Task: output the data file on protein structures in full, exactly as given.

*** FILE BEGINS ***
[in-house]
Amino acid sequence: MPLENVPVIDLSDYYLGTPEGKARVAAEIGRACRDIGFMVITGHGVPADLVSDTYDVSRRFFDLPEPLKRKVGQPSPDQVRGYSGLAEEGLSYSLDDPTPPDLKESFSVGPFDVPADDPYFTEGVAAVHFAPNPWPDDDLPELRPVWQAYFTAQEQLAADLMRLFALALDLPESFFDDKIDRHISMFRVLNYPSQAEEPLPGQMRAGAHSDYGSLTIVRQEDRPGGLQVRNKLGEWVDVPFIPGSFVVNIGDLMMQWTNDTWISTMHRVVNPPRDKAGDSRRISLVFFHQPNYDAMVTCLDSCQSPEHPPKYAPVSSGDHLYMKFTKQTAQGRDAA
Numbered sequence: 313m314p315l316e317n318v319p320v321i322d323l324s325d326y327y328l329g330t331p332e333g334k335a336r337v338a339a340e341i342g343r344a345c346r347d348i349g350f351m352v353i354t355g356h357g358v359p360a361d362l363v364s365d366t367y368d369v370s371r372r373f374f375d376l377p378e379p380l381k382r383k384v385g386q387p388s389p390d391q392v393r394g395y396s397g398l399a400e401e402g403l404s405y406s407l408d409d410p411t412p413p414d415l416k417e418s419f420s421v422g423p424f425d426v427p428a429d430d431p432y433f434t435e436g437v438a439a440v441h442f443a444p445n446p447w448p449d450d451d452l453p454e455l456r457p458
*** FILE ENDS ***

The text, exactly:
[in-house]
Amino acid sequence: MPLENVPVIDLSDYYLGTPEGKARVAAEIGRACRDIGFMVITGHGVPADLVSDTYDVSRRFFDLPEPLKRKVGQPSPDQVRGYSGLAEEGLSYSLDDPTPPDLKESFSVGPFDVPADDPYFTEGVAAVHFAPNPWPDDDLPELRPVWQAYFTAQEQLAADLMRLFALALDLPESFFDDKIDRHISMFRVLNYPSQAEEPLPGQMRAGAHSDYGSLTIVRQEDRPGGLQVRNKLGEWVDVPFIPGSFVVNIGDLMMQWTNDTWISTMHRVVNPPRDKAGDSRRISLVFFHQPNYDAMVTCLDSCQSPEHPPKYAPVSSGDHLYMKFTKQTAQGRDAA
Numbered sequence: 313m314p315l316e317n318v319p320v321i322d323l324s325d326y327y328l329g330t331p332e333g334k335a336r337v338a339a340e341i342g343r344a345c346r347d348i349g350f351m352v353i354t355g356h357g358v359p360a361d362l363v364s365d366t367y368d369v370s371r372r373f374f375d376l377p378e379p380l381k382r383k384v385g386q387p388s389p390d391q392v393r394g395y396s397g398l399a400e401e402g403l404s405y406s407l408d409d410p411t412p413p414d415l416k417e418s419f420s421v422g423p424f425d426v427p428a429d430d431p432y433f434t435e436g437v438a439a440v441h442f443a444p445n446p447w448p449d450d451d452l453p454e455l456r457p458